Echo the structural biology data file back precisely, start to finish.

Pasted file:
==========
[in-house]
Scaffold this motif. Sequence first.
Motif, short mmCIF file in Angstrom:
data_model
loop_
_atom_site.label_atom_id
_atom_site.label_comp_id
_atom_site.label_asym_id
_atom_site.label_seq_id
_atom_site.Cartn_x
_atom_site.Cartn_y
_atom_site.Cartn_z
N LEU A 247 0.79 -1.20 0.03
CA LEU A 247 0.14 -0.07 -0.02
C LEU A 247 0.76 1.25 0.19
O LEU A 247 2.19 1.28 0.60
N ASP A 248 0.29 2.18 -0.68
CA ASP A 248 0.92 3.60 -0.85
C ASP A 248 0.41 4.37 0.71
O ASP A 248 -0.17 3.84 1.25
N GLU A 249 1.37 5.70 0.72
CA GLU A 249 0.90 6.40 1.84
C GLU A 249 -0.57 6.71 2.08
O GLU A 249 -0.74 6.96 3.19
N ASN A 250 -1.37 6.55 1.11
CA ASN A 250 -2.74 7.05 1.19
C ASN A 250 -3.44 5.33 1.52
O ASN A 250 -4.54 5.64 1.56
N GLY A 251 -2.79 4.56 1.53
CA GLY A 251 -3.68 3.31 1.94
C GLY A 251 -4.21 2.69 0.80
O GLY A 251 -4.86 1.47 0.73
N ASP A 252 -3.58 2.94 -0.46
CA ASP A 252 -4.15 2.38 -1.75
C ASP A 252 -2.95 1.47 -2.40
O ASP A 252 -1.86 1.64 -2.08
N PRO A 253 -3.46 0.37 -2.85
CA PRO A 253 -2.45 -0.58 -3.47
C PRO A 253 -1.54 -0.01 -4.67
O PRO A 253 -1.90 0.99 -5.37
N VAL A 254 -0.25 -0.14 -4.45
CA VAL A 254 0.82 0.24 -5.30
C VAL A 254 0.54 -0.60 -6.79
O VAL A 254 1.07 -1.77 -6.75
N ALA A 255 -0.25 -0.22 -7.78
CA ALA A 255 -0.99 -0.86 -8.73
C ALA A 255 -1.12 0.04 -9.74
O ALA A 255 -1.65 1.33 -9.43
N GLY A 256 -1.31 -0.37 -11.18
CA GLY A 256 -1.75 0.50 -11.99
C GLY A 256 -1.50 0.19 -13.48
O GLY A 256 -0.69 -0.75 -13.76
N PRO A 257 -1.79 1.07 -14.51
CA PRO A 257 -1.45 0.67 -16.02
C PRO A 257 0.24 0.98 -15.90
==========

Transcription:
[in-house]
Scaffold this motif. Sequence first.
Motif, short mmCIF file in Angstrom:
data_model
loop_
_atom_site.label_atom_id
_atom_site.label_comp_id
_atom_site.label_asym_id
_atom_site.label_seq_id
_atom_site.Cartn_x
_atom_site.Cartn_y
_atom_site.Cartn_z
N LEU A 247 0.79 -1.20 0.03
CA LEU A 247 0.14 -0.07 -0.02
C LEU A 247 0.76 1.25 0.19
O LEU A 247 2.19 1.28 0.60
N ASP A 248 0.29 2.18 -0.68
CA ASP A 248 0.92 3.60 -0.85
C ASP A 248 0.41 4.37 0.71
O ASP A 248 -0.17 3.84 1.25
N GLU A 249 1.37 5.70 0.72
CA GLU A 249 0.90 6.40 1.84
C GLU A 249 -0.57 6.71 2.08
O GLU A 249 -0.74 6.96 3.19
N ASN A 250 -1.37 6.55 1.11
CA ASN A 250 -2.74 7.05 1.19
C ASN A 250 -3.44 5.33 1.52
O ASN A 250 -4.54 5.64 1.56
N GLY A 251 -2.79 4.56 1.53
CA GLY A 251 -3.68 3.31 1.94
C GLY A 251 -4.21 2.69 0.80
O GLY A 251 -4.86 1.47 0.73
N ASP A 252 -3.58 2.94 -0.46
CA ASP A 252 -4.15 2.38 -1.75
C ASP A 252 -2.95 1.47 -2.40
O ASP A 252 -1.86 1.64 -2.08
N PRO A 253 -3.46 0.37 -2.85
CA PRO A 253 -2.45 -0.58 -3.47
C PRO A 253 -1.54 -0.01 -4.67
O PRO A 253 -1.90 0.99 -5.37
N VAL A 254 -0.25 -0.14 -4.45
CA VAL A 254 0.82 0.24 -5.30
C VAL A 254 0.54 -0.60 -6.79
O VAL A 254 1.07 -1.77 -6.75
N ALA A 255 -0.25 -0.22 -7.78
CA ALA A 255 -0.99 -0.86 -8.73
C ALA A 255 -1.12 0.04 -9.74
O ALA A 255 -1.65 1.33 -9.43
N GLY A 256 -1.31 -0.37 -11.18
CA GLY A 256 -1.75 0.50 -11.99
C GLY A 256 -1.50 0.19 -13.48
O GLY A 256 -0.69 -0.75 -13.76
N PRO A 257 -1.79 1.07 -14.51
CA PRO A 257 -1.45 0.67 -16.02
C PRO A 257 0.24 0.98 -15.90